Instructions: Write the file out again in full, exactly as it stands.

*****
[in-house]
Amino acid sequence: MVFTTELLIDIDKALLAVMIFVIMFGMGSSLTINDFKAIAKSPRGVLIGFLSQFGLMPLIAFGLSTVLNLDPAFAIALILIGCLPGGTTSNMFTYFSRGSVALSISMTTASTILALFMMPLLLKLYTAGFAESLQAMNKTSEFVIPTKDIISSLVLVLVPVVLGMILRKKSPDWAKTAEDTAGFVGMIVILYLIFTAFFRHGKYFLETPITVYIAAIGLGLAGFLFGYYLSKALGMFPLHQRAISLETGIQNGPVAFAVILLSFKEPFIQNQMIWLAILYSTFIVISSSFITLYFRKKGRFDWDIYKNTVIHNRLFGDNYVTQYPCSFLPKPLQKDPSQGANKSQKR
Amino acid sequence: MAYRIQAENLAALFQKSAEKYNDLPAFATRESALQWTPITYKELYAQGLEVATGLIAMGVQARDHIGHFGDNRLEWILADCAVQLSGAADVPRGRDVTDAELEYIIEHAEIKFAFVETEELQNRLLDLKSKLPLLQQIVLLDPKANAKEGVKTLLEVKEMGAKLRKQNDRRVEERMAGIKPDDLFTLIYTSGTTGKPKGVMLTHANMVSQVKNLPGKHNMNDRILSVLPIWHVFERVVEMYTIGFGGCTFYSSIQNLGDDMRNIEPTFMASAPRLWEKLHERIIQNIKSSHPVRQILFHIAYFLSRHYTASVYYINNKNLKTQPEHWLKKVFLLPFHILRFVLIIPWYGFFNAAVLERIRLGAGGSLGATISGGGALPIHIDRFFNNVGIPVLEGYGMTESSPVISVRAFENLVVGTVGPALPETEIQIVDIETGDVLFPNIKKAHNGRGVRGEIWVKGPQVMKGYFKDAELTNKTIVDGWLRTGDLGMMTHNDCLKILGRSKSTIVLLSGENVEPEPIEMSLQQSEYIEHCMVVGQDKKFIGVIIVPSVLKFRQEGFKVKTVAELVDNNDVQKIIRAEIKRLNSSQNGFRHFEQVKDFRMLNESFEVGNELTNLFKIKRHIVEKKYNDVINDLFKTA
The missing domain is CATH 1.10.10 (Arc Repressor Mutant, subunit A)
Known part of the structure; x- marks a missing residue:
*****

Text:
[in-house]
Amino acid sequence: MVFTTELLIDIDKALLAVMIFVIMFGMGSSLTINDFKAIAKSPRGVLIGFLSQFGLMPLIAFGLSTVLNLDPAFAIALILIGCLPGGTTSNMFTYFSRGSVALSISMTTASTILALFMMPLLLKLYTAGFAESLQAMNKTSEFVIPTKDIISSLVLVLVPVVLGMILRKKSPDWAKTAEDTAGFVGMIVILYLIFTAFFRHGKYFLETPITVYIAAIGLGLAGFLFGYYLSKALGMFPLHQRAISLETGIQNGPVAFAVILLSFKEPFIQNQMIWLAILYSTFIVISSSFITLYFRKKGRFDWDIYKNTVIHNRLFGDNYVTQYPCSFLPKPLQKDPSQGANKSQKR
Amino acid sequence: MAYRIQAENLAALFQKSAEKYNDLPAFATRESALQWTPITYKELYAQGLEVATGLIAMGVQARDHIGHFGDNRLEWILADCAVQLSGAADVPRGRDVTDAELEYIIEHAEIKFAFVETEELQNRLLDLKSKLPLLQQIVLLDPKANAKEGVKTLLEVKEMGAKLRKQNDRRVEERMAGIKPDDLFTLIYTSGTTGKPKGVMLTHANMVSQVKNLPGKHNMNDRILSVLPIWHVFERVVEMYTIGFGGCTFYSSIQNLGDDMRNIEPTFMASAPRLWEKLHERIIQNIKSSHPVRQILFHIAYFLSRHYTASVYYINNKNLKTQPEHWLKKVFLLPFHILRFVLIIPWYGFFNAAVLERIRLGAGGSLGATISGGGALPIHIDRFFNNVGIPVLEGYGMTESSPVISVRAFENLVVGTVGPALPETEIQIVDIETGDVLFPNIKKAHNGRGVRGEIWVKGPQVMKGYFKDAELTNKTIVDGWLRTGDLGMMTHNDCLKILGRSKSTIVLLSGENVEPEPIEMSLQQSEYIEHCMVVGQDKKFIGVIIVPSVLKFRQEGFKVKTVAELVDNNDVQKIIRAEIKRLNSSQNGFRHFEQVKDFRMLNESFEVGNELTNLFKIKRHIVEKKYNDVINDLFKTA
The missing domain is CATH 1.10.10 (Arc Repressor Mutant, subunit A)
Known part of the structure; x- marks a missing residue: